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lagimoana
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air conditioning questions

Postby lagimoana » Wed, 22 Mar 2017 8:55 am

We are moving to Singapore next month and I have been looking at different types of accommodation, but photos for all of them show split-system air con units and fans??

Is ducted air con not popular in Singapore?

Are there any tips on what to look for (age of units, last service, etc.) when looking at aircon in a rental?

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Re: air conditioning questions

Postby bgd » Wed, 22 Mar 2017 9:56 am

Some of the more expensive builds have ducted air, but in my experience, it's not common.

Test all the units, ask to see the receipt for the last service and if they are too old get them replaced. It's a renters market these days so use that to your advantage.

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Re: air conditioning questions

Postby Sporkin » Wed, 22 Mar 2017 10:58 am

Isn't ducted air cons less hygenic than separates? Some articles linked aging ventilation systems to an increase in particulates and microbes that is dentrimental to well being

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Strong Eagle
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Re: air conditioning questions

Postby Strong Eagle » Wed, 22 Mar 2017 9:54 pm

Sporkin wrote:Isn't ducted air cons less hygenic than separates? Some articles linked aging ventilation systems to an increase in particulates and microbes that is dentrimental to well being

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If that's true, we're all doomed in the USA. Only smaller houses/rooms have single unit air conditioners, split units are non-existent, and 95 percent of all households and businesses have ducted aircon systems.

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Re: air conditioning questions

Postby Sporkin » Wed, 22 Mar 2017 10:06 pm

If I remember correctly it was some studies done on 'sick building syndrome'

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Re: air conditioning questions

Postby Strong Eagle » Wed, 22 Mar 2017 11:14 pm

Sporkin wrote:If I remember correctly it was some studies done on 'sick building syndrome'

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Yes, that's possible, especially if there is a buildup of mold. But, the same holds true for the very common split units in Singapore. The interior unit does not draw air from the outside, only from inside the room.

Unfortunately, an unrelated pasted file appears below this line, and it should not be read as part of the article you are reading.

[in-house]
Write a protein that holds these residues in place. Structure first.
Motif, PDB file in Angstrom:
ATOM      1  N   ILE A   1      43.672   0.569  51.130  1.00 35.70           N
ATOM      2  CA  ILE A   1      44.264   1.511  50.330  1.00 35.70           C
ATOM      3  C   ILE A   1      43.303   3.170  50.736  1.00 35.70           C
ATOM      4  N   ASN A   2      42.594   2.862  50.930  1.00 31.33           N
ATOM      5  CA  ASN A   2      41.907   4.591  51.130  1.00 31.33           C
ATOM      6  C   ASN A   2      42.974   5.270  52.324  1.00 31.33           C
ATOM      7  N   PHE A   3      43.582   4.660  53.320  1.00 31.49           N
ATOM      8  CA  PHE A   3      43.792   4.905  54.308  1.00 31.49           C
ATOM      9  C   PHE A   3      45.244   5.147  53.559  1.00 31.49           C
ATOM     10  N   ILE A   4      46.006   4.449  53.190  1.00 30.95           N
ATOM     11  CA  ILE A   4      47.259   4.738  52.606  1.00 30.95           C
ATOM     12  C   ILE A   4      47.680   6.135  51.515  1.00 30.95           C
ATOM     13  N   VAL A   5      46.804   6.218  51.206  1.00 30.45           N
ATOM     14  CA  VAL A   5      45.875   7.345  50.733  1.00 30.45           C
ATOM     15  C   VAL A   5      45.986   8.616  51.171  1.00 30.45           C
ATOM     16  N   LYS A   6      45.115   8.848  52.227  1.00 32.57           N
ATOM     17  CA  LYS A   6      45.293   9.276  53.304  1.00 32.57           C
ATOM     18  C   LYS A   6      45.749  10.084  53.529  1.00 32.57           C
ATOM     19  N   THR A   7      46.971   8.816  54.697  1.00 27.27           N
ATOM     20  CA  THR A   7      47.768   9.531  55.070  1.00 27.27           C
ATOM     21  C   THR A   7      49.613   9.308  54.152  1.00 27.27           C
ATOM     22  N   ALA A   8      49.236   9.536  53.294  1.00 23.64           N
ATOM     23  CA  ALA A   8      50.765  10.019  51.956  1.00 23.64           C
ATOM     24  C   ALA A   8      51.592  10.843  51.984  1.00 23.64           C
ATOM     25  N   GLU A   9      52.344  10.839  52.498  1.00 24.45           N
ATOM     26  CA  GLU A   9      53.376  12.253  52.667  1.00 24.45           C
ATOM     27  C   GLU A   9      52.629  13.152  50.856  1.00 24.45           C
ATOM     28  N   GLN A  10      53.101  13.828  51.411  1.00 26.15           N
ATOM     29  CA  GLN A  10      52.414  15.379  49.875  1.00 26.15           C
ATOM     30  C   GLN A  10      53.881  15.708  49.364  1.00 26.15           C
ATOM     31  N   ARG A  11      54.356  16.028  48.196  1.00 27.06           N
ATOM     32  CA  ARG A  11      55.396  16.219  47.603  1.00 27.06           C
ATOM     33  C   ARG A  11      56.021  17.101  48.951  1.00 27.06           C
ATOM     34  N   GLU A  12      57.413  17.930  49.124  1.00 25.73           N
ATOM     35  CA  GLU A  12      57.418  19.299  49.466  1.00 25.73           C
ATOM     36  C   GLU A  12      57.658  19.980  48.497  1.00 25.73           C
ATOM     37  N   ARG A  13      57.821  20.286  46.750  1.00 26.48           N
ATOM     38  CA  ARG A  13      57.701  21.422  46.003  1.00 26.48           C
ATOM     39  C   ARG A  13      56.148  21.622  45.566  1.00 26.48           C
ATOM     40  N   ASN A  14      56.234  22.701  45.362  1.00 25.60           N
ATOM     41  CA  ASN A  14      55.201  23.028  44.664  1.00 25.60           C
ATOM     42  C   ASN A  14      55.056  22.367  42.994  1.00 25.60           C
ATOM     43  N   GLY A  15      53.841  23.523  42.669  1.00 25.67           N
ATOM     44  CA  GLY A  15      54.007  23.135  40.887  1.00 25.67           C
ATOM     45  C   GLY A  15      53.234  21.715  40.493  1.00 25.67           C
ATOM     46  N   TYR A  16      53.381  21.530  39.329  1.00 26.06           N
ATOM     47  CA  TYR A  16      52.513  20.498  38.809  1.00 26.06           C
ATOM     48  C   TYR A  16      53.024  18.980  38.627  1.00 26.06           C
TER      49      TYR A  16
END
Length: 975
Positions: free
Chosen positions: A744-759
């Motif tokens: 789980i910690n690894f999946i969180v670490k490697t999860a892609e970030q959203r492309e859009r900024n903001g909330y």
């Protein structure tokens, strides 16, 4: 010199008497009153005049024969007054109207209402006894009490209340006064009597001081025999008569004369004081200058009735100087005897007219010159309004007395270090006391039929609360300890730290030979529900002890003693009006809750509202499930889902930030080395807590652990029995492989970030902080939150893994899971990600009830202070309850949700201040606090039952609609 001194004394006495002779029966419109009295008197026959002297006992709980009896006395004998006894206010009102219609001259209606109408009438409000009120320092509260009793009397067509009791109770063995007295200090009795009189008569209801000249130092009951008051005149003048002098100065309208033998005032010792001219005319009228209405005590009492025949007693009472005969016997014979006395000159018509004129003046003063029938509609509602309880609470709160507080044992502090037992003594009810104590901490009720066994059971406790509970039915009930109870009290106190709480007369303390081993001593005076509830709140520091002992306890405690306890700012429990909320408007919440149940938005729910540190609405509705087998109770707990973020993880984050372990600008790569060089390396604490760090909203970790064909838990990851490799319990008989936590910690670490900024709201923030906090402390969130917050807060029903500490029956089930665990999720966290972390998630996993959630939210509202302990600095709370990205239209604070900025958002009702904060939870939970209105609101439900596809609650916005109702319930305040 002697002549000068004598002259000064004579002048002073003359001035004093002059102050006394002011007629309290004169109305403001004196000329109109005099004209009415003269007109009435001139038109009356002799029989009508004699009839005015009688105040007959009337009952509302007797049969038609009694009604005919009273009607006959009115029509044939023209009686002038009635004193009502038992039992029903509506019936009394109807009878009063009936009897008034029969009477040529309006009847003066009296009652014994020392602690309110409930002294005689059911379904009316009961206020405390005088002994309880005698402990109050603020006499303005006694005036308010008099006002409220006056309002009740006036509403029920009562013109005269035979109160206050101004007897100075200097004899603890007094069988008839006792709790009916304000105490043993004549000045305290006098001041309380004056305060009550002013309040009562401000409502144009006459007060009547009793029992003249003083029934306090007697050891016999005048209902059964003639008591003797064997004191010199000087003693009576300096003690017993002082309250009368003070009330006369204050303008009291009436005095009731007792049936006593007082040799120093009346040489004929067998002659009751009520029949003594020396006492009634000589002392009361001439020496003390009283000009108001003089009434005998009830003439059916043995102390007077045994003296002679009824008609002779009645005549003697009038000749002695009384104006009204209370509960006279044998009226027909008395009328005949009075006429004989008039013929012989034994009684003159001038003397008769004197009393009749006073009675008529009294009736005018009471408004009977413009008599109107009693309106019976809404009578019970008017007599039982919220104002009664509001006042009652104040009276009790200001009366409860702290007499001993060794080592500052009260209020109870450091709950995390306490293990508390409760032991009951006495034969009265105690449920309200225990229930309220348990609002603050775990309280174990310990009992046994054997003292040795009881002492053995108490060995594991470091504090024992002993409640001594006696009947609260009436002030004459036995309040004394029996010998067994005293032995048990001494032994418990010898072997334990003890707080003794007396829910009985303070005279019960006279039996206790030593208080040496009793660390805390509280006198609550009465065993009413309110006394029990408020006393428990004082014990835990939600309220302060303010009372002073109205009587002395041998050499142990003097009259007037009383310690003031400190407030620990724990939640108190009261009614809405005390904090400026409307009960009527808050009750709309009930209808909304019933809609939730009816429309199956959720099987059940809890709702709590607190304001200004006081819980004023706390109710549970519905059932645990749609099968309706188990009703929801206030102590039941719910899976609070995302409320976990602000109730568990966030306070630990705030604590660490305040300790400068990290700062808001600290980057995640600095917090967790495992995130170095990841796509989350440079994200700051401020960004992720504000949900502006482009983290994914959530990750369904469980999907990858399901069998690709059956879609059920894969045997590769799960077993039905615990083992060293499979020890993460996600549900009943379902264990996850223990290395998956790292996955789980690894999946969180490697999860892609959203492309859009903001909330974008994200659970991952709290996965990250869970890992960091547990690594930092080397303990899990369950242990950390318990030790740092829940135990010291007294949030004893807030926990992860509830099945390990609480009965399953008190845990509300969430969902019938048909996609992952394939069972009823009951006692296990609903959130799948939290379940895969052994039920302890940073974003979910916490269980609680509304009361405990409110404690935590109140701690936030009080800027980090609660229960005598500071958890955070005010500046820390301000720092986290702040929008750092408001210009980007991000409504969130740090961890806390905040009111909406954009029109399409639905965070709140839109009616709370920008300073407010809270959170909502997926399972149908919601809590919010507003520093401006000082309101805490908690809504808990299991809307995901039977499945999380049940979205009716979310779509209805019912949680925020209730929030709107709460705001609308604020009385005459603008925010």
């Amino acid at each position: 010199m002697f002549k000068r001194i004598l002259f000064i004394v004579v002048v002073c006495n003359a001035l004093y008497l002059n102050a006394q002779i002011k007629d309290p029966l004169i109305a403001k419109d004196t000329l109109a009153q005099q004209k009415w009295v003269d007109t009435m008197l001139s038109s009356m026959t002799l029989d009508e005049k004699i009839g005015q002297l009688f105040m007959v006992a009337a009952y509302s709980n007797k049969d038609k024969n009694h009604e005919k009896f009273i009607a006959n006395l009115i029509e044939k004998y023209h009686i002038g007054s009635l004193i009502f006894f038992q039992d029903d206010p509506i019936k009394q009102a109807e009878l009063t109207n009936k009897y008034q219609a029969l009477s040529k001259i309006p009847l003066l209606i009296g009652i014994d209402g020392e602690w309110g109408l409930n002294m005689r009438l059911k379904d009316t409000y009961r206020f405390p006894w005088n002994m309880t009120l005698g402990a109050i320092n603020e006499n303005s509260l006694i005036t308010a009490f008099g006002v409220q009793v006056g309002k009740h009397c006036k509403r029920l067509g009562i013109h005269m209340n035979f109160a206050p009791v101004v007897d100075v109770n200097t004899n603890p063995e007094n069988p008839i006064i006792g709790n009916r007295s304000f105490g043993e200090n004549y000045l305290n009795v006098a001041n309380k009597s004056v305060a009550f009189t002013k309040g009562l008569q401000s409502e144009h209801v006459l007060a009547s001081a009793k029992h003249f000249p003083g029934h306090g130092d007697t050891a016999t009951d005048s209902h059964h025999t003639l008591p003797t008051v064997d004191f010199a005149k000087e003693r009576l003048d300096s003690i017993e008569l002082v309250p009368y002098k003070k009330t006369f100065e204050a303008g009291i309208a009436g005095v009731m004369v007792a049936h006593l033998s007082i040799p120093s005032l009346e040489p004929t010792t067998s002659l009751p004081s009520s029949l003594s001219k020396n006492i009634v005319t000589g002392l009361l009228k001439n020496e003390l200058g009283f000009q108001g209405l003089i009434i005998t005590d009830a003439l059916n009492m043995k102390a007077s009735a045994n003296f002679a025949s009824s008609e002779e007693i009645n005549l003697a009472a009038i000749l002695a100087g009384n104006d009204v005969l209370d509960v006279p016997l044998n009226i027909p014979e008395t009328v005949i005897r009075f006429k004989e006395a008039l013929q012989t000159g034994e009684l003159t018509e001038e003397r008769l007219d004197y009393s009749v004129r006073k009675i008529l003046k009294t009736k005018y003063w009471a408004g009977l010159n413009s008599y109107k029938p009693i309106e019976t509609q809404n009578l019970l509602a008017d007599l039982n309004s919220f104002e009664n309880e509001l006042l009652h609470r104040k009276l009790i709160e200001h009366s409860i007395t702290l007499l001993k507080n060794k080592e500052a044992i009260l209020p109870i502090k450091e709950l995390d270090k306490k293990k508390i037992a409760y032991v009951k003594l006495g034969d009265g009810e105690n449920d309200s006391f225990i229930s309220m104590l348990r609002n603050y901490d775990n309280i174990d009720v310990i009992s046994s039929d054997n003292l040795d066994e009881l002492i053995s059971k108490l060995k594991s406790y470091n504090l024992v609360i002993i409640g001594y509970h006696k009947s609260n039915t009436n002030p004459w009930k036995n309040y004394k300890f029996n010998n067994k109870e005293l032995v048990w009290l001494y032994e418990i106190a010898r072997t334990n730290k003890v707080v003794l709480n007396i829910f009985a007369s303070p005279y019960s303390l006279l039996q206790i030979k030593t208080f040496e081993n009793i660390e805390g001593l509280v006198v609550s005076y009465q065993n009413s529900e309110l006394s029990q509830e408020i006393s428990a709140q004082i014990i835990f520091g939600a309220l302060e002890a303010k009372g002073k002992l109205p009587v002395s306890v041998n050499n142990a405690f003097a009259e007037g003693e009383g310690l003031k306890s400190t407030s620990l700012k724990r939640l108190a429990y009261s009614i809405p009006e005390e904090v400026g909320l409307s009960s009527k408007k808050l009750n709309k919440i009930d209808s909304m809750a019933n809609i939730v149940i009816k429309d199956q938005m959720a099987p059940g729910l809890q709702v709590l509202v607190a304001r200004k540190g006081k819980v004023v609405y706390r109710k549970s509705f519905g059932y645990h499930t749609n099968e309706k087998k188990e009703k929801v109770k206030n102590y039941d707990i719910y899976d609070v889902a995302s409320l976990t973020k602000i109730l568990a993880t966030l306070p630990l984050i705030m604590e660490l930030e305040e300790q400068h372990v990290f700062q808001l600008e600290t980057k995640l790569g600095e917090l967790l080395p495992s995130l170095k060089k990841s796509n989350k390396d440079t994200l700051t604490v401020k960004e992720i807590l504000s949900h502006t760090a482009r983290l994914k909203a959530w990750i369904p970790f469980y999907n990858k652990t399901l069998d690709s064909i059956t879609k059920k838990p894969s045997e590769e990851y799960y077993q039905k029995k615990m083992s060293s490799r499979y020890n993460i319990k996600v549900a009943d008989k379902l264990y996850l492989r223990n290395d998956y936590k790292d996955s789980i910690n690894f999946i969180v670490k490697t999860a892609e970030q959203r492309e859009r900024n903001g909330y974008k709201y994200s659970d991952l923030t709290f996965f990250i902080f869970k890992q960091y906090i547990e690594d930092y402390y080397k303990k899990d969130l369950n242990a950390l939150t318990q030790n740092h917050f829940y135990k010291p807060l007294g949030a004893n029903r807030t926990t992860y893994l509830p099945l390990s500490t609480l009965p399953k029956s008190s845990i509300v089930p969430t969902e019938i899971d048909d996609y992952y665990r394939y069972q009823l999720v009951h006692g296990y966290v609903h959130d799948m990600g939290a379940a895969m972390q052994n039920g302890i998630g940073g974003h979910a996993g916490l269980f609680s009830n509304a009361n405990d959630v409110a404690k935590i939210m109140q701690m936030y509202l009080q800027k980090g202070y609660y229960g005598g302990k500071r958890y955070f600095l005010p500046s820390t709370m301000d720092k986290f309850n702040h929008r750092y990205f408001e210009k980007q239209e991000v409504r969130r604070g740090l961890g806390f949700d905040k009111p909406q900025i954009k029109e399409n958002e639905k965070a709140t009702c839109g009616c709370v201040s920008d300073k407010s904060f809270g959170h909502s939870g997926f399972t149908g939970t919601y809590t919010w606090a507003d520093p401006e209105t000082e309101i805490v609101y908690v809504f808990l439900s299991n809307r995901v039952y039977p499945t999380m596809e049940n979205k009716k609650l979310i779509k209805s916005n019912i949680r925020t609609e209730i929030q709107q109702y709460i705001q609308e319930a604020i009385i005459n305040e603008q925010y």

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Re: RE: Re: air conditioning questions

Postby ecureilx » Wed, 22 Mar 2017 11:36 pm

Ducted, you mean chiller plants ? They are complicated for home use. Especially in apartment environment.

Hence the preference for Split units.

If you are concerned about mold etc, just engage service for a chemical clean and you are good.

If you are allergic, post clean, stick a 3M filter on top of the evaporator and you are good.

Nothing to fret about.

In fact, split units are easier to maintain and clean, unlike ducted plants, which are real breeding grounds for mold. And ducted systems are real pain to fully clean. And newer splits do UV filtration and are more efficient in heat absorption, and ... less energy consuming.

That's coming from an Air con apprentice.

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Re: RE: Re: air conditioning questions

Postby Strong Eagle » Thu, 23 Mar 2017 1:29 am

ecureilx wrote:Ducted, you mean chiller plants ? They are complicated for home use. Especially in apartment environment.


Chiller plants? No. Exactly the same compressor/evaporator setup as in a split unit. It's larger, of course, to cool all rooms. But, you still have the compressor outside and the evaporator coils and fan inside, usually in the attic.

All modern apartments (and I'm talking about apartments constructed in the last 40 years) in the USA are also ducted systems. It makes sense. The USA is a temperate climate and the system needs to provide heat as well as cooling.

Don't forget that construction techniques in Singapore are far different than in the USA where walls are made from 2 x 4's and covered with drywall. Because it is much easier to create small spaces with wood, it's much easier to create runs for hidden ducting.

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Re: air conditioning questions

Postby lagimoana » Thu, 23 Mar 2017 7:13 pm

Thanks everyone. I wouldn't have thought that a condo or house ducted from its own independent ac units wouldn't be too bad in terms of mold spores, but I could well be wrong about that!

Good to know the tips about checking maintenance receipts and asking to have them replaced. It's going to be hard adjusting to the heat and I need to be able to depend on some kind of respite, even just one room in the house.

Is it common to use fans because the air con units are not sufficient to cool the space to a comfortable level? Or is it because they are cheaper to run?

Even in high end condos I keep seeing pedestal fans in a lot of the photos.

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Re: RE: Re: air conditioning questions

Postby ecureilx » Thu, 23 Mar 2017 7:40 pm

lagimoana wrote:Thanks everyone. I wouldn't have thought that a condo or house ducted from its own independent ac units wouldn't be too bad in terms of mold spores, but I could well be wrong about that!